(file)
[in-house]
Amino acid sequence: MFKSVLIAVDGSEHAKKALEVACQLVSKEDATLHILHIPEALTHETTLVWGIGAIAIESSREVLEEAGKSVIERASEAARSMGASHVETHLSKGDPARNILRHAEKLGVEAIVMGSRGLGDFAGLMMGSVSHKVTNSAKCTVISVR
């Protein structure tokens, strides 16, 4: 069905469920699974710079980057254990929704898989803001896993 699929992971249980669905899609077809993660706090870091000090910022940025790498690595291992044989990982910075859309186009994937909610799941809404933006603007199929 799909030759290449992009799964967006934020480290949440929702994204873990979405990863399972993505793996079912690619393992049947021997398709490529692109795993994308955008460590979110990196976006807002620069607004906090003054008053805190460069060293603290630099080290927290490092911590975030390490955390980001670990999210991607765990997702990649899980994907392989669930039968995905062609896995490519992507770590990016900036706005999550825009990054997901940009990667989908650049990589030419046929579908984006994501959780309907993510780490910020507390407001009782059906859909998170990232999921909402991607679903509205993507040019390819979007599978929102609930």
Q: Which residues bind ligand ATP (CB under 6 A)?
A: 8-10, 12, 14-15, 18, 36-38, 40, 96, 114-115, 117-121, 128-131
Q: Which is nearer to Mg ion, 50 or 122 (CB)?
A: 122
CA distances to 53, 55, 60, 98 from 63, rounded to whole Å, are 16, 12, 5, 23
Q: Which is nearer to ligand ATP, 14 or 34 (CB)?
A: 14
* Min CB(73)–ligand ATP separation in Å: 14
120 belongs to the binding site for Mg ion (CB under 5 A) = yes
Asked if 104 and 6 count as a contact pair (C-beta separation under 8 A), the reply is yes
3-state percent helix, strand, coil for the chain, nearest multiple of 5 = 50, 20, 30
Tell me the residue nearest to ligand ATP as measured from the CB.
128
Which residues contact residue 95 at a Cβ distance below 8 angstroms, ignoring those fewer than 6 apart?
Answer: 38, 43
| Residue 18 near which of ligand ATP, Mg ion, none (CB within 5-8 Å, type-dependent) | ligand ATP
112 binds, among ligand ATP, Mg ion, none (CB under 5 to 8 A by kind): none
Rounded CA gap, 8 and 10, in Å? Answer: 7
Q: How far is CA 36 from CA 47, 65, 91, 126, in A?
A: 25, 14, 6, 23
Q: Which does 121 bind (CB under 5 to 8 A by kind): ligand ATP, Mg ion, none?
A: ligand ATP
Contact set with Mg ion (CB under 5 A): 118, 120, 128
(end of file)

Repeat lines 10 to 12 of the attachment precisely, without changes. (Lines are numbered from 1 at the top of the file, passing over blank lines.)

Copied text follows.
A: 14
* Min CB(73)–ligand ATP separation in Å: 14
120 belongs to the binding site for Mg ion (CB under 5 A) = yes